DR Congo's Kasai crisis: War crimes committed by both sides, UN says

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A Congolese women, who has had her arm amputated after a gun shot wound, sits on her bed on October 23, 2017 in TshikapaImage source, AFP
Image caption,
Many survivors of attacks in Kasai have life-changing injuries

UN investigators have accused government troops and militiamen in the Democratic Republic of Congo of committing war crimes in the restive central Kasai region.

The two groups murdered, raped, "enslaved" and committed other "inhuman acts" against civilians, they said.

The Kasai region, once one of the most prosperous and peaceful in DR Congo, descended into violence in 2016.

Long-simmering resentment exploded into rebellion against the government.

In December the UN said the crisis was the highest level of emergency - the same level as the crises in Yemen, Syria and Iraq.

It has claimed 3,000 lives and displaced 1.4 million people.

In a report prepared for the UN Human Rights Council, investigators said government troops and members of the Bana Mura militia on one side of the conflict and the Kamwina Nsapu militia on the other side had all targeted civilians in a "systematic or widespread manner".

"A very serious problem of impunity persists, given the scale and gravity of these crimes," they added.

Congolese Human Rights Minister Marie-Ange Mushobekwa said the government would respond to the accusations next week, Reuters reported.

What is the fighting about?

Communal clashes broke out after Kamwina Nsapu, a traditional chief, called for a popular uprising in June 2016 with the aim of removing all state institutions and security forces from the region.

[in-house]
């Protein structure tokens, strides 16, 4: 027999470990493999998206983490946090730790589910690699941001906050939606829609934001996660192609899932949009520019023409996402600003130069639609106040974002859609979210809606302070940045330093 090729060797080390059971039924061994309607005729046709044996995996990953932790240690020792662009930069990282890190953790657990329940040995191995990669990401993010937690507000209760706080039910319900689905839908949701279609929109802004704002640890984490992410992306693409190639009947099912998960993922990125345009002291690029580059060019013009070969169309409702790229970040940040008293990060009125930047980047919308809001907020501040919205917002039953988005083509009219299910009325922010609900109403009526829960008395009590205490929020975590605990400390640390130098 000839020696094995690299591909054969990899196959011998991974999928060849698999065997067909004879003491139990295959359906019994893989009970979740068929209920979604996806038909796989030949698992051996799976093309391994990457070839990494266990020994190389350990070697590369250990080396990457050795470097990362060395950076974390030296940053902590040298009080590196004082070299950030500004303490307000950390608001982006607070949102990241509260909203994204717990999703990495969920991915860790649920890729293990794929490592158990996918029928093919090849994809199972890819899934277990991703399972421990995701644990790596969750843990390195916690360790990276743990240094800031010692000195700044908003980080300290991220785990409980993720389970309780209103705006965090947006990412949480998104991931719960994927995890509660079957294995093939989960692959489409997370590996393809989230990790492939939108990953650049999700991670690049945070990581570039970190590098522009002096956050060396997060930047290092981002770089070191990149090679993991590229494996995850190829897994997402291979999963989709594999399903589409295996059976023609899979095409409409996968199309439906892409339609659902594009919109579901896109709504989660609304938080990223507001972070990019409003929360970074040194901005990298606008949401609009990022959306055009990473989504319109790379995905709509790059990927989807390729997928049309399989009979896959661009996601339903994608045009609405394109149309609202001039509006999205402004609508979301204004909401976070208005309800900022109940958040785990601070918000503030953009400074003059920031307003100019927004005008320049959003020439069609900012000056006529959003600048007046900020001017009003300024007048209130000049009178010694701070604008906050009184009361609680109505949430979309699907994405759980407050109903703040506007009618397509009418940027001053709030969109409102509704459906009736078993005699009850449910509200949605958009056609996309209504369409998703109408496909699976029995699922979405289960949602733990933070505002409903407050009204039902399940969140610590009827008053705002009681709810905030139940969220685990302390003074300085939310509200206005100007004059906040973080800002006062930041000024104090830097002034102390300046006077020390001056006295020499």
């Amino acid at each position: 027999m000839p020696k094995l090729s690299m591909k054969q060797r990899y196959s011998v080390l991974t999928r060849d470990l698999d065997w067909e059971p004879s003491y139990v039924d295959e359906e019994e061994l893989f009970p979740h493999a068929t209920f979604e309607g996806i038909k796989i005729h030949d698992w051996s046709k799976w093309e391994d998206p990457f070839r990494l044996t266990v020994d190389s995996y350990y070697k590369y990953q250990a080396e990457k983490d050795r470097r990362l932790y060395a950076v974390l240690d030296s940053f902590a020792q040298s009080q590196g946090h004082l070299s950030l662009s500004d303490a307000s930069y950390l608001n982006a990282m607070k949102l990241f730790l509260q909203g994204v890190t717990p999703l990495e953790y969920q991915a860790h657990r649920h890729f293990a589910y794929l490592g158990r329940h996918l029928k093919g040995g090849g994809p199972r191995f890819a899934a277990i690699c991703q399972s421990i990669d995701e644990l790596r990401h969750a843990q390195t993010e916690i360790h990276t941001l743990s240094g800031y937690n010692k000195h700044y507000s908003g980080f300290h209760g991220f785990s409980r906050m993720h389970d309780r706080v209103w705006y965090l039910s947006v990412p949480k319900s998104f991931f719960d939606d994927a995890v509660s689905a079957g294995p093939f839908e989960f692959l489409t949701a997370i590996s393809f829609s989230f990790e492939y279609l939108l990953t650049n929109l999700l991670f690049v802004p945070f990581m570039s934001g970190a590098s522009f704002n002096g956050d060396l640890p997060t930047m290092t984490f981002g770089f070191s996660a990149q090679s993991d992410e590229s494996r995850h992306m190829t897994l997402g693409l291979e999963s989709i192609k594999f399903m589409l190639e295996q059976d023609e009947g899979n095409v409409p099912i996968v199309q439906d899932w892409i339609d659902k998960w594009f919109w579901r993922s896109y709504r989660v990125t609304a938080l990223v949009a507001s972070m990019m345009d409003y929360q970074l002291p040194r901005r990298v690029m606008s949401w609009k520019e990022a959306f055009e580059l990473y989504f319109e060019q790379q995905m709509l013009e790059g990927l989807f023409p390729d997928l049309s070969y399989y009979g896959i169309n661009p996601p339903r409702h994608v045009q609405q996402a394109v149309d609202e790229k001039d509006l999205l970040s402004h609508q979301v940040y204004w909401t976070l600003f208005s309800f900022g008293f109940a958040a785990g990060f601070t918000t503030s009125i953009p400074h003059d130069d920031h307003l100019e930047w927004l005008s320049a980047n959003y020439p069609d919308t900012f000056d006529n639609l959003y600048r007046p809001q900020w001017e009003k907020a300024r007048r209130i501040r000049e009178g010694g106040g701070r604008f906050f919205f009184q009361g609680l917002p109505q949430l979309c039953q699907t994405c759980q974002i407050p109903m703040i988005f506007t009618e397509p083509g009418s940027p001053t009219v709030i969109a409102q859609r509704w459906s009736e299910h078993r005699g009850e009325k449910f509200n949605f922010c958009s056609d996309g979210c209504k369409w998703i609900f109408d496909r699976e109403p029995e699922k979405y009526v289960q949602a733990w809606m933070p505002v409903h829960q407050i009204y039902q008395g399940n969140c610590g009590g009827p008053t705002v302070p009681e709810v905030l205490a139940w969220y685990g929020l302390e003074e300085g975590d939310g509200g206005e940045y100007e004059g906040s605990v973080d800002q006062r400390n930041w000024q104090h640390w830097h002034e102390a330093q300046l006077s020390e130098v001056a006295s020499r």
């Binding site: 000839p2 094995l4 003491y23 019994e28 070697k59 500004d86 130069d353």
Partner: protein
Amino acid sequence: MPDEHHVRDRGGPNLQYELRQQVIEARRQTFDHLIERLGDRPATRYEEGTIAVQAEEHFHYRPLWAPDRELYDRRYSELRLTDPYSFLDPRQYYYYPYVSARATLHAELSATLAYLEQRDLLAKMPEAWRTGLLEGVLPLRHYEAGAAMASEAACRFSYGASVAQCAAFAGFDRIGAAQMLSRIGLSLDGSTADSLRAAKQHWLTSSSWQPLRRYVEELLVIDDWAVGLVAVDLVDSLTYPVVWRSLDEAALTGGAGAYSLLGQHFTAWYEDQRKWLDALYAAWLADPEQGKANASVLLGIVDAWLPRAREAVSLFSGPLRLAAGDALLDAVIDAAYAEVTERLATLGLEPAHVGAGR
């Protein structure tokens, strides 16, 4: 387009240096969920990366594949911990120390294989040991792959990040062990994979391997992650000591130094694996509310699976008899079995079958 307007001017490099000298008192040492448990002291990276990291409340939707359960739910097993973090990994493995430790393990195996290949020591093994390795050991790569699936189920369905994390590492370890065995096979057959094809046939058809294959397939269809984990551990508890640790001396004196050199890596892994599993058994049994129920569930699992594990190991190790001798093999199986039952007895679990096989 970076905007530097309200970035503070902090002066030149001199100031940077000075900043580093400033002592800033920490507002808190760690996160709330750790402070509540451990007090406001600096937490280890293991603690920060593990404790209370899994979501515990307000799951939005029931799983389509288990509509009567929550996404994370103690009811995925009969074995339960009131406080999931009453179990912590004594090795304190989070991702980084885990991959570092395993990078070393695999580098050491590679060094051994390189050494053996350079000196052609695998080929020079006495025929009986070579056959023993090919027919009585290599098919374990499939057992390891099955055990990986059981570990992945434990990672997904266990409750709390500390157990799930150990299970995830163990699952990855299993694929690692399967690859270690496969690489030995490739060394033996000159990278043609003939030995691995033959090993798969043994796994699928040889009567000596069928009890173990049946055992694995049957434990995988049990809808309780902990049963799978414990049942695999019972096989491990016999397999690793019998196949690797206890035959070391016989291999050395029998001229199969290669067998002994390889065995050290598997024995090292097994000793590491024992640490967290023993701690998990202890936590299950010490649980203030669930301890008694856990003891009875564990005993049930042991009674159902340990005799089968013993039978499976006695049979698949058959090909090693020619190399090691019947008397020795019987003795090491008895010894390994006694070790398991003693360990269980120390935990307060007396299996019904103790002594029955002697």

His followers had wanted his chiefdom to be officially recognised by the authorities.

Kamwina Nsapu was killed two months later when the police raided his house, and his followers vowed to avenge his death.

The conflict has since escalated, tapping into grievances over marginalisation in a region affected by poor infrastructure and where support for the Congolese opposition is widespread.

The Kamwina Nsapu fighters - largely made up of child soldiers - have targeted state institutions, looting and burning local and national government offices.

The UN report accuses them of murder, mutilation, rape and forcing children under 15 to fight.

However, the UN has also condemned the army for using disproportionate force against fighters equipped with traditional weapons such as machetes, homemade rifles or even just sticks.

Government troops have been supported by the Bana Mura militia, which the UN accuses of widespread atrocities including beheadings.

DR Congo is set for a new election in December after President Joseph Kabila refused to step down at the end of his term in 2016.

But it is unclear whether Mr Kabila will step down or if a political transition could help end the many conflicts in the country.